Revising Holland Bay – Weekend 1

crayons

I like to edit with the original writing tool.

began revisions in earnest for Holland Bay. But rather than print it out (which is hard since I left BigHugeCo three years ago this month), I instead decided to do some quick search-and-replace edits. For starters, I did an F-bomb purge like I discussed a few weeks back. These were harder to fix than I expected, but I wanted to avoid having more than one F bomb per page. I know there will be some people who say, “Leave them in! Be true to your story!” Well, it’s not your story, it’s mine. So to be true to mine own self, out they come. I suspect a few will go back in eventually, but I’m just getting started.

I then went and searched for “your/you’re” mistakes, followed by “their/there/they’re.” Believe it or not, the only mistake along that line I found was using “you’re” as a possessive rather than a contraction.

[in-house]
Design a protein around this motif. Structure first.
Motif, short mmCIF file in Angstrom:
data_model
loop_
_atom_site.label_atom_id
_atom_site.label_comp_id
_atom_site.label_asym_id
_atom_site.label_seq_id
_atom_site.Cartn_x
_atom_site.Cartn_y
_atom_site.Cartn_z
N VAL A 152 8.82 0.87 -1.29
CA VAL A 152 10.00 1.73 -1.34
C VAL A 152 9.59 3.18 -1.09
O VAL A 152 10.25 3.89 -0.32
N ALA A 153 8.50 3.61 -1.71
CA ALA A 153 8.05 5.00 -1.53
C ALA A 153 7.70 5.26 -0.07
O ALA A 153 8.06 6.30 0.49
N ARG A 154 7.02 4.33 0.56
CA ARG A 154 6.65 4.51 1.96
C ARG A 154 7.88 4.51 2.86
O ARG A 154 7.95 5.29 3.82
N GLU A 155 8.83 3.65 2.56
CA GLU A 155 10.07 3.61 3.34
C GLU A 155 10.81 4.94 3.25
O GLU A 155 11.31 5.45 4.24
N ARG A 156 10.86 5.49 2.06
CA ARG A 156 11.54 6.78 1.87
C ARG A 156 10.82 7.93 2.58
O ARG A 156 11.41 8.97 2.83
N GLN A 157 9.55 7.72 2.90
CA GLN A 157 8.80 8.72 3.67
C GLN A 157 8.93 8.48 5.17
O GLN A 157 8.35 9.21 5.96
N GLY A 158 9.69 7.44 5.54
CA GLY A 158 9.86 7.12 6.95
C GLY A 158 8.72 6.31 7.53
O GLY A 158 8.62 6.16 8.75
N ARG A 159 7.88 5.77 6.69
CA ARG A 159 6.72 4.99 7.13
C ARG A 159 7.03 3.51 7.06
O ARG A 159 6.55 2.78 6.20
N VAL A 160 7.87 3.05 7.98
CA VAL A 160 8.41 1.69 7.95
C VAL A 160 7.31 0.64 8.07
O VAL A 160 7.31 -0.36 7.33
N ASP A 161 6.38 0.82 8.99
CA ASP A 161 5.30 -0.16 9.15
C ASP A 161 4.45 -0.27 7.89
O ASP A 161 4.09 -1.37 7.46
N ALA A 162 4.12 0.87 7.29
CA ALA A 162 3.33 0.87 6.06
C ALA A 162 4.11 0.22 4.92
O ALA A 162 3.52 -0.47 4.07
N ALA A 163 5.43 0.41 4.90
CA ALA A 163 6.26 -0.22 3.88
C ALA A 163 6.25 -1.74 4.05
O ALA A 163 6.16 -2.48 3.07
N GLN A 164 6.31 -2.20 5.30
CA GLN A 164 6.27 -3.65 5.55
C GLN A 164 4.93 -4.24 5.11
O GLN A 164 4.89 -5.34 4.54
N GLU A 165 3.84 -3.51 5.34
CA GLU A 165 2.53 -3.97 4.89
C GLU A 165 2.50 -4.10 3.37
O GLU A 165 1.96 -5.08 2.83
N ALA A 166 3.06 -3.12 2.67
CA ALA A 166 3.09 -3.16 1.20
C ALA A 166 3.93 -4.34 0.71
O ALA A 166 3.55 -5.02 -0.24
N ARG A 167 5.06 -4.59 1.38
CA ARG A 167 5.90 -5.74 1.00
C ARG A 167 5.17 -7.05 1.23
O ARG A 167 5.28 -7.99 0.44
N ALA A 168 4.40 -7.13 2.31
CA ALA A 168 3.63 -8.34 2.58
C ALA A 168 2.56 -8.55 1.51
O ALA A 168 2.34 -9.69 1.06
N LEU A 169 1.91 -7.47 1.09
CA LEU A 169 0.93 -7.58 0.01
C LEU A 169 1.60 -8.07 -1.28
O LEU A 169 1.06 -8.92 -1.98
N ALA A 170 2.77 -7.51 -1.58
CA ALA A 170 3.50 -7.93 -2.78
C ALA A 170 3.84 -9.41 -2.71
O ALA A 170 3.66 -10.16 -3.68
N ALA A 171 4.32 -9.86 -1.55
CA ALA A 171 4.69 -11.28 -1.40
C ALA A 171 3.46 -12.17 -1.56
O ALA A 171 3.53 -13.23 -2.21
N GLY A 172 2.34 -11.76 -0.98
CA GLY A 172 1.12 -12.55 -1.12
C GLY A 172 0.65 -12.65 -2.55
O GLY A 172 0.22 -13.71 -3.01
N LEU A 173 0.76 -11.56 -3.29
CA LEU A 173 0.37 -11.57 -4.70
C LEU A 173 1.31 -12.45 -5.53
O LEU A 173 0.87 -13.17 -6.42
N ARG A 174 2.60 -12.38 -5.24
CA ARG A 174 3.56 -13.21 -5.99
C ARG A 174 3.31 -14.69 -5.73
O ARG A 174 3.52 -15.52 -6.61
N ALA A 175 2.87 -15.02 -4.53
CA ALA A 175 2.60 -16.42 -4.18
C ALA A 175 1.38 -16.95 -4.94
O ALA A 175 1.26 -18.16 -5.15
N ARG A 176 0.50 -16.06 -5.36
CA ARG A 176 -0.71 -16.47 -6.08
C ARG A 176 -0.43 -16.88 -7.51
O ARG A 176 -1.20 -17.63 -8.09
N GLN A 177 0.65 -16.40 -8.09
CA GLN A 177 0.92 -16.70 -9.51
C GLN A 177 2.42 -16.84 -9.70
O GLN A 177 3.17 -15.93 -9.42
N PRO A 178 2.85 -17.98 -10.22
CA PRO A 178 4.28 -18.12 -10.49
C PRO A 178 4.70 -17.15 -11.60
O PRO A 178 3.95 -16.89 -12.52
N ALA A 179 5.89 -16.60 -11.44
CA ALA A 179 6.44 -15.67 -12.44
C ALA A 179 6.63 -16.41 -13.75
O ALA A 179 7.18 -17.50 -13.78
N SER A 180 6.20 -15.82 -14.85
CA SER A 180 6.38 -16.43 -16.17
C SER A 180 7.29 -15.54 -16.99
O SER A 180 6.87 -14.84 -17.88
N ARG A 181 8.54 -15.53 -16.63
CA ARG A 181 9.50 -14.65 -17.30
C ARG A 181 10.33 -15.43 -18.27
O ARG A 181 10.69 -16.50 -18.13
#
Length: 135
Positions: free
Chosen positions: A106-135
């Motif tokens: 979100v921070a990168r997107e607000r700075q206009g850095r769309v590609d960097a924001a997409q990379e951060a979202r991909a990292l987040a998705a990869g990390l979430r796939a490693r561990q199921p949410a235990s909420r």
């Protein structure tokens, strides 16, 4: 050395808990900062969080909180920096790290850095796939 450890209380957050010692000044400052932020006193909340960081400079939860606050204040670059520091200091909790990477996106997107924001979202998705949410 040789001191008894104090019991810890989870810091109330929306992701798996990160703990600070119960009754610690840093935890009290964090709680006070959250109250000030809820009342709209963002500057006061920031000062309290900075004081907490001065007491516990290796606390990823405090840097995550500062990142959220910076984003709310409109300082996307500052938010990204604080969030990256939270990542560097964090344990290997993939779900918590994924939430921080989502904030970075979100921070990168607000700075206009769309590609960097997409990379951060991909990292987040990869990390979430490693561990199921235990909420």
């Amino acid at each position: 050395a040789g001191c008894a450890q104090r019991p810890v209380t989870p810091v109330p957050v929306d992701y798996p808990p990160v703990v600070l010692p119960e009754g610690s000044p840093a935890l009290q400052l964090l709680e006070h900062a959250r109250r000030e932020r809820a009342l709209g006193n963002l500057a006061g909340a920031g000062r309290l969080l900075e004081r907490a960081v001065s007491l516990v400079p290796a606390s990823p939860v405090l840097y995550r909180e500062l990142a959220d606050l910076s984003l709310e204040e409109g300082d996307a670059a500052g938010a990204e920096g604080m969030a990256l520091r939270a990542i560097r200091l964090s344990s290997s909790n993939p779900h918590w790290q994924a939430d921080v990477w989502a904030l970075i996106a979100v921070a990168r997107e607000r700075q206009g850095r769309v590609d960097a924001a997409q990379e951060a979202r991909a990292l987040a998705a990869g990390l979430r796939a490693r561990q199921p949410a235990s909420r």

Finally, I fixed something that’s been bugging me since the original version of Holland Bay. The fictional city of Monticello, despite dwindling population, is divided into boroughs. The southernmost one, a vast swath of vacant fields, formerly independent towns, and miles and miles of strip malls and fast food chains, was called “Huron.” The problem is that, where Monticello sits, there is a real-life town of Huron, Ohio. However, the fictional Monticello borders the very real town of Milan, birthplace of Thomas Edison. So I did a search-and-replace on Huron and changed the borough name to Edison. Boom. History and realism via Microsoft Word.

Finally, on Sunday morning, I dove into the revisions proper. Structurally, I’m satisfied with the story. There were a few “Mr. Obvious” lines I deleted, as well as chopping some repetitious lines. Early on, where I took more time to finish a day’s writing, I’m not finding so many of these. I suspect later on, I’ll be chopping up whole scenes and rewriting them on the fly. Later in a novel is usually when a writer rushes more. One reason is to finish the damn thing and be done. The other is the excitement that builds when you see the end coming.

That’s why we do revisions.

Advertisements